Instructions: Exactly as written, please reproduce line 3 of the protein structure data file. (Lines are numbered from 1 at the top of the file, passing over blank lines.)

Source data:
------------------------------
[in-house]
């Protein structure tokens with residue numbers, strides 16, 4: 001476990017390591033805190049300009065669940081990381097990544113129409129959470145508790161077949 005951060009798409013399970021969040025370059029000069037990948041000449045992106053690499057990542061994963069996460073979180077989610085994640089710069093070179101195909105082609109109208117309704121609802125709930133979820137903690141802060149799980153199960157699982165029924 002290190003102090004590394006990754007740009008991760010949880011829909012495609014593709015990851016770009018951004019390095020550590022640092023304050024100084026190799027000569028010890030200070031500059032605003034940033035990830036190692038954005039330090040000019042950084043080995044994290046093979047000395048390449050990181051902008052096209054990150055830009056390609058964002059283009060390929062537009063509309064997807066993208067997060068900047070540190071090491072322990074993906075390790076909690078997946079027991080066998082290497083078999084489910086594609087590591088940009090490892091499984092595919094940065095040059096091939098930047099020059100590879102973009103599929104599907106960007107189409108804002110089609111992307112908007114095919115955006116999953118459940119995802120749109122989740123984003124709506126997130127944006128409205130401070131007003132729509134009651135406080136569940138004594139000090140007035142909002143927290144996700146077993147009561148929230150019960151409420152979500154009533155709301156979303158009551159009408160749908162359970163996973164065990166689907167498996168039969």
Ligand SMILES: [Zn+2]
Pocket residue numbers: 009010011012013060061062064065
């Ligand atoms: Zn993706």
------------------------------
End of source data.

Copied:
Ligand SMILES: [Zn+2]